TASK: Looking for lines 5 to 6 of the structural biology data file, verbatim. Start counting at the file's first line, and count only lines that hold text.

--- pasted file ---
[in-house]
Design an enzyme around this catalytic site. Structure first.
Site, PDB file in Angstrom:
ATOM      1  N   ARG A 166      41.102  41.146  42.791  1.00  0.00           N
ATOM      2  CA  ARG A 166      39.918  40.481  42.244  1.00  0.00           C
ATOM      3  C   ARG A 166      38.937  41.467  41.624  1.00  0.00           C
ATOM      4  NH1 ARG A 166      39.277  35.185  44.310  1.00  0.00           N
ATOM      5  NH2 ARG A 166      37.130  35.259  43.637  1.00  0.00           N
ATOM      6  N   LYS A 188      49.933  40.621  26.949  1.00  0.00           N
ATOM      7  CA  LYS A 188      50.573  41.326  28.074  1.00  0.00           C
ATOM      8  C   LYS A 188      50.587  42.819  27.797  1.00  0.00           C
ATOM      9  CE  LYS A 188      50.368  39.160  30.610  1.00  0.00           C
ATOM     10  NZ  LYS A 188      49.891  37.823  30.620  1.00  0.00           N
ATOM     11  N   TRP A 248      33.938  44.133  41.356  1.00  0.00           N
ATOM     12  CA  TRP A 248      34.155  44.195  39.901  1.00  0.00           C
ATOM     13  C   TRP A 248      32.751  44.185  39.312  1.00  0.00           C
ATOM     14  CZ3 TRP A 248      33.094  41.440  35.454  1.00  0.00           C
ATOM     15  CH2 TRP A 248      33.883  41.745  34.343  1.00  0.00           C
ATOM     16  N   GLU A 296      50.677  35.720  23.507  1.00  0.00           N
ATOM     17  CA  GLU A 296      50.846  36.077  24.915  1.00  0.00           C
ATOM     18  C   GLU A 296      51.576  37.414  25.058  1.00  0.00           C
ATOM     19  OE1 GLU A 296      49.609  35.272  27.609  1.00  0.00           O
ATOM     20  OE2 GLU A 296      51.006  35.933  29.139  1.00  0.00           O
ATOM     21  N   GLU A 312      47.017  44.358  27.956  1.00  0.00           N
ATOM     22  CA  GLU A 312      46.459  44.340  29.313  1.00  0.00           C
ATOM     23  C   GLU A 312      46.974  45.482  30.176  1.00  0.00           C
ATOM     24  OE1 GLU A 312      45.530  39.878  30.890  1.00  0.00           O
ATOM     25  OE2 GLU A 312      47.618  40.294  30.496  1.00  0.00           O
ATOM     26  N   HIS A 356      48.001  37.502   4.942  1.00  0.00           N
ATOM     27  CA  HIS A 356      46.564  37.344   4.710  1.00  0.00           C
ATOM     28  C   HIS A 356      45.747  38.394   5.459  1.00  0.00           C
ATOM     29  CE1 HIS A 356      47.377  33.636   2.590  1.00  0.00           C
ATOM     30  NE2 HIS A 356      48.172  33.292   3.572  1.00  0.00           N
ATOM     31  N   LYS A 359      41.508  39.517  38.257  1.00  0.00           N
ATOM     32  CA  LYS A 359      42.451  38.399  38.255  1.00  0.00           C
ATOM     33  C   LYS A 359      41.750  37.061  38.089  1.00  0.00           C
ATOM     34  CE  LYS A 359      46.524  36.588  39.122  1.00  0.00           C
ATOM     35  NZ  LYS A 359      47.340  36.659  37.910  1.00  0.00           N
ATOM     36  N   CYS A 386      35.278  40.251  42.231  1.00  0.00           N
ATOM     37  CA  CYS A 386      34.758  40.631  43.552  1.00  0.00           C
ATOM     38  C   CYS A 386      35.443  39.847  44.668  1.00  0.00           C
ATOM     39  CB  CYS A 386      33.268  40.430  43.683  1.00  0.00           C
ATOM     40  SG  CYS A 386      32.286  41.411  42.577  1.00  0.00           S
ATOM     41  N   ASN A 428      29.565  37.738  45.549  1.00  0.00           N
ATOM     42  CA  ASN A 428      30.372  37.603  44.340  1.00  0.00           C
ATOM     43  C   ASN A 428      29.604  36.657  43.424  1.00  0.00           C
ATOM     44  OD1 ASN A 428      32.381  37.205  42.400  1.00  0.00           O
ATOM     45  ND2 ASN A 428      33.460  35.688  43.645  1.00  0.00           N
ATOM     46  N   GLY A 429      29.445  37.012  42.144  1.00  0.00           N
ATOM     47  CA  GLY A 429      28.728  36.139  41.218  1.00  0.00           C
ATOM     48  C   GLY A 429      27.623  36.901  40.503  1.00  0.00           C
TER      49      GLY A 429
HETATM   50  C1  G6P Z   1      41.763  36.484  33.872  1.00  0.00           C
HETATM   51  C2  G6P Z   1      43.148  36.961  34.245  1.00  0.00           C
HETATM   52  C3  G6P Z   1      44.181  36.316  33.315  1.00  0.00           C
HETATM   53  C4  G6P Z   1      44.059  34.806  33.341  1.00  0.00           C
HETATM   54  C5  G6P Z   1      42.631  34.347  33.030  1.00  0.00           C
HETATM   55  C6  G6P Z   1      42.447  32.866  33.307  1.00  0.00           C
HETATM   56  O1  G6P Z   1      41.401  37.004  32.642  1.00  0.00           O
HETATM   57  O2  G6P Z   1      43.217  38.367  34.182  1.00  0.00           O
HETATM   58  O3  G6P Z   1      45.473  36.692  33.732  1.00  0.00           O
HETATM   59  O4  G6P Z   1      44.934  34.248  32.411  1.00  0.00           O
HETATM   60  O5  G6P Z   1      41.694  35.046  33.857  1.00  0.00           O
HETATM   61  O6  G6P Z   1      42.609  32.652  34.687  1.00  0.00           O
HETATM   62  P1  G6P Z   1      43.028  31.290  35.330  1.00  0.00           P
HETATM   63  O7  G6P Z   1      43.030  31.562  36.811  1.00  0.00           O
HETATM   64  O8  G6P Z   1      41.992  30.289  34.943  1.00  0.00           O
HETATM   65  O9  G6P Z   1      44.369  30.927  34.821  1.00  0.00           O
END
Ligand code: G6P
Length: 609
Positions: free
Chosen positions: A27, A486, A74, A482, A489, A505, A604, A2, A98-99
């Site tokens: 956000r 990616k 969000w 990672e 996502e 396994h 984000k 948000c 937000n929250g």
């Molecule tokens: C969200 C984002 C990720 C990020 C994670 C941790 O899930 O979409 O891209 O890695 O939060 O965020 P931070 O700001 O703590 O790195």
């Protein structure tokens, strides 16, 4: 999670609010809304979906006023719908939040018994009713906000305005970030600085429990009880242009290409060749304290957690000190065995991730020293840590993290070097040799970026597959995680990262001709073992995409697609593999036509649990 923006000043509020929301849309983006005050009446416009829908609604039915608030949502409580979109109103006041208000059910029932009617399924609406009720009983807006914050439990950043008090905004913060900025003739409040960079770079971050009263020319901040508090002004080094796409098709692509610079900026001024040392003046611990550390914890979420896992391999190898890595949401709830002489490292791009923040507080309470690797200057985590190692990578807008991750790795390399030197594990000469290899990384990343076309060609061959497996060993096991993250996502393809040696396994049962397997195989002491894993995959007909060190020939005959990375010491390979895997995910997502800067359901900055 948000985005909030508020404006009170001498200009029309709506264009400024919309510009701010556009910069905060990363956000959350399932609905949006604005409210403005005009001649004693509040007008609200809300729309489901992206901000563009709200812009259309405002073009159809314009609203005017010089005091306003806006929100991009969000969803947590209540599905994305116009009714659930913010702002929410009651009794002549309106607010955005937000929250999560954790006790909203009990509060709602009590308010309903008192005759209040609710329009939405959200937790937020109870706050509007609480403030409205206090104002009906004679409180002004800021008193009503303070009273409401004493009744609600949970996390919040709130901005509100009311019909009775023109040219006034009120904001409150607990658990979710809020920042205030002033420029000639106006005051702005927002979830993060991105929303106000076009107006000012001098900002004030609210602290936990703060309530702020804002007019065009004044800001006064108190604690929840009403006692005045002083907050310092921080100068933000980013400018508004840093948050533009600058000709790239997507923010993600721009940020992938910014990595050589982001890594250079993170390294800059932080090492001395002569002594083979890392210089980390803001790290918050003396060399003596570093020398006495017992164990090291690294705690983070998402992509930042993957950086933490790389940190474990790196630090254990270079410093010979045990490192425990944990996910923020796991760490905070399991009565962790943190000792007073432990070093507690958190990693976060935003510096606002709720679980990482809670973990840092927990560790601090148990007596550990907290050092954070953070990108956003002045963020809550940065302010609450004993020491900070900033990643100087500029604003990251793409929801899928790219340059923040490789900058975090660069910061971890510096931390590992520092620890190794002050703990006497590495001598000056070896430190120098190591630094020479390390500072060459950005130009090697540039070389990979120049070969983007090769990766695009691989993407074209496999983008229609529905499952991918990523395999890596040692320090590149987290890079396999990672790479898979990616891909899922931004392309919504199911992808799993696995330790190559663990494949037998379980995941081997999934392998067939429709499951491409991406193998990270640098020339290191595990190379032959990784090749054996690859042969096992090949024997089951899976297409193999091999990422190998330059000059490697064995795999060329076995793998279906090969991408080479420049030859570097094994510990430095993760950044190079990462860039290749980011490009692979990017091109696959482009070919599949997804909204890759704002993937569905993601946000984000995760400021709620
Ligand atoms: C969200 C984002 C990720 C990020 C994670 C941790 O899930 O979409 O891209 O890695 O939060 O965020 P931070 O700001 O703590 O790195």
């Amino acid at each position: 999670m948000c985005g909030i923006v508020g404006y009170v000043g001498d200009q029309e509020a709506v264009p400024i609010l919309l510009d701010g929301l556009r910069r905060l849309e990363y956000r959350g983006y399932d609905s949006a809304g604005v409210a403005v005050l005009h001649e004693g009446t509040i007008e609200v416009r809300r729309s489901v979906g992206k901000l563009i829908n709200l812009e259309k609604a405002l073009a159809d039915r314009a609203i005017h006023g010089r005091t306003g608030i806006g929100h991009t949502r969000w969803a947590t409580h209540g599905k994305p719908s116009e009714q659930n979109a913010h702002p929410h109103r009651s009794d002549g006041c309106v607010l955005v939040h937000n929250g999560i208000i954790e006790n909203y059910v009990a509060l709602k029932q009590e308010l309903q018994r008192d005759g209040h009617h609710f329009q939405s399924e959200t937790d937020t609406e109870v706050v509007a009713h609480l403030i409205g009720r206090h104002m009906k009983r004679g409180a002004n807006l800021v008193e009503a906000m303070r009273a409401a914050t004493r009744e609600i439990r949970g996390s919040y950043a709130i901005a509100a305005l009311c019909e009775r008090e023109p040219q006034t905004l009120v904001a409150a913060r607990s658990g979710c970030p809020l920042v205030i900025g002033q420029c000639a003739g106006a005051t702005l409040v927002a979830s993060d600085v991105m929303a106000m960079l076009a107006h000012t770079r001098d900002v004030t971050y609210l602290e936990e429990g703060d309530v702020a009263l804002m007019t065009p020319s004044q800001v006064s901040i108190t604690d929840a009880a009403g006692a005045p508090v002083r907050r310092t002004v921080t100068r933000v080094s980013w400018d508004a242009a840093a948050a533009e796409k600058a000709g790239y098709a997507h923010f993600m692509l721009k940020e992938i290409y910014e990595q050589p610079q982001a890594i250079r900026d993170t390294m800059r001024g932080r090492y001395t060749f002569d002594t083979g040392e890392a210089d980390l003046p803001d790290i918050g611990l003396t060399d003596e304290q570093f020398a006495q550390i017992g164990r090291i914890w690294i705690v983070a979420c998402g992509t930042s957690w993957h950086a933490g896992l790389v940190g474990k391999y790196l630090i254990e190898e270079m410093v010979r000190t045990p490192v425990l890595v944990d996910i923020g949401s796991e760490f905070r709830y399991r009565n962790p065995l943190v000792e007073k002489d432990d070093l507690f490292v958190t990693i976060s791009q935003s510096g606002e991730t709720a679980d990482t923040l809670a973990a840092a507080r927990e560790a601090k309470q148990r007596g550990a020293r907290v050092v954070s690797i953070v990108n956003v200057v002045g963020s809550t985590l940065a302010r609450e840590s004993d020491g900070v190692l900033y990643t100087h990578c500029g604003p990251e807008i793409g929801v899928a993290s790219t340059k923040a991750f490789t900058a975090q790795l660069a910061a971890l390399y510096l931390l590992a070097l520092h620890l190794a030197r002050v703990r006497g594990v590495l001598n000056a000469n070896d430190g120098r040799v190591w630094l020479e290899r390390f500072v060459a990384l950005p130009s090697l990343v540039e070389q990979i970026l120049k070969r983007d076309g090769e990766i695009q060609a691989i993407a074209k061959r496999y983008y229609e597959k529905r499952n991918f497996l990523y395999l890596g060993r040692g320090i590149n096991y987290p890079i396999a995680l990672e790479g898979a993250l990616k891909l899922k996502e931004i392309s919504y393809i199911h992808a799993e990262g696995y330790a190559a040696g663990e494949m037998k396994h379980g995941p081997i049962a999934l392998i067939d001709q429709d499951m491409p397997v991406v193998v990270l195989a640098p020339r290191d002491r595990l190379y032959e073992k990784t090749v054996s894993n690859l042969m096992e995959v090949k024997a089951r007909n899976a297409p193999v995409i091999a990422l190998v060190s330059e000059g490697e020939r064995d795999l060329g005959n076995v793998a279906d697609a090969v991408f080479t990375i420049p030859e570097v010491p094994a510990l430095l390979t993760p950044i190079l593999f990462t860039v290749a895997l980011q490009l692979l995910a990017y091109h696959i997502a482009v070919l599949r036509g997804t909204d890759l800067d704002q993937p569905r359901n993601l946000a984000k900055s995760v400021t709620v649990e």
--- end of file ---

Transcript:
ATOM      2  CA  ARG A 166      39.918  40.481  42.244  1.00  0.00           C
ATOM      3  C   ARG A 166      38.937  41.467  41.624  1.00  0.00           C